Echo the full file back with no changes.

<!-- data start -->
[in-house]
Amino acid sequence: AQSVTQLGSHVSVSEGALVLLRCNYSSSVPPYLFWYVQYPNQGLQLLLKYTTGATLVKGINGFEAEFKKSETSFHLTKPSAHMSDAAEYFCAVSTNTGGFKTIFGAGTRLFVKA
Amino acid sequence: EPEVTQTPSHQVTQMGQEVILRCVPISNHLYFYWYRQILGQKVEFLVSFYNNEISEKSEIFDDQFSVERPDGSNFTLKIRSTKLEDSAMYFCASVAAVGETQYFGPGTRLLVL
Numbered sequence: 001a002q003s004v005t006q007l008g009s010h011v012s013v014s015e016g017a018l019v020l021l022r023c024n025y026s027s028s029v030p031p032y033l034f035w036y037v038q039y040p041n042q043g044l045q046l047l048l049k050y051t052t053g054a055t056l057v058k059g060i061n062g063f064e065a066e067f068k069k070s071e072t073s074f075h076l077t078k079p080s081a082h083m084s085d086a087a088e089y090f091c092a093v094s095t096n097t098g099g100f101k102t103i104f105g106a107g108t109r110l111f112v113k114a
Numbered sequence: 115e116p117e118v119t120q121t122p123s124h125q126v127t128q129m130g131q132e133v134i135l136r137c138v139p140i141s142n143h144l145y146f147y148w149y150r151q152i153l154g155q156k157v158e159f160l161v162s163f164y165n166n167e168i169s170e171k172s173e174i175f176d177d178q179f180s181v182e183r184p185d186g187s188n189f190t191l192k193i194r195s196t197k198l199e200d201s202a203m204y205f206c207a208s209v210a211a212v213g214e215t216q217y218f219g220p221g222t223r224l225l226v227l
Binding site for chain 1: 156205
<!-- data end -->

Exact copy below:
[in-house]
Amino acid sequence: AQSVTQLGSHVSVSEGALVLLRCNYSSSVPPYLFWYVQYPNQGLQLLLKYTTGATLVKGINGFEAEFKKSETSFHLTKPSAHMSDAAEYFCAVSTNTGGFKTIFGAGTRLFVKA
Amino acid sequence: EPEVTQTPSHQVTQMGQEVILRCVPISNHLYFYWYRQILGQKVEFLVSFYNNEISEKSEIFDDQFSVERPDGSNFTLKIRSTKLEDSAMYFCASVAAVGETQYFGPGTRLLVL
Numbered sequence: 001a002q003s004v005t006q007l008g009s010h011v012s013v014s015e016g017a018l019v020l021l022r023c024n025y026s027s028s029v030p031p032y033l034f035w036y037v038q039y040p041n042q043g044l045q046l047l048l049k050y051t052t053g054a055t056l057v058k059g060i061n062g063f064e065a066e067f068k069k070s071e072t073s074f075h076l077t078k079p080s081a082h083m084s085d086a087a088e089y090f091c092a093v094s095t096n097t098g099g100f101k102t103i104f105g106a107g108t109r110l111f112v113k114a
Numbered sequence: 115e116p117e118v119t120q121t122p123s124h125q126v127t128q129m130g131q132e133v134i135l136r137c138v139p140i141s142n143h144l145y146f147y148w149y150r151q152i153l154g155q156k157v158e159f160l161v162s163f164y165n166n167e168i169s170e171k172s173e174i175f176d177d178q179f180s181v182e183r184p185d186g187s188n189f190t191l192k193i194r195s196t197k198l199e200d201s202a203m204y205f206c207a208s209v210a211a212v213g214e215t216q217y218f219g220p221g222t223r224l225l226v227l
Binding site for chain 1: 156205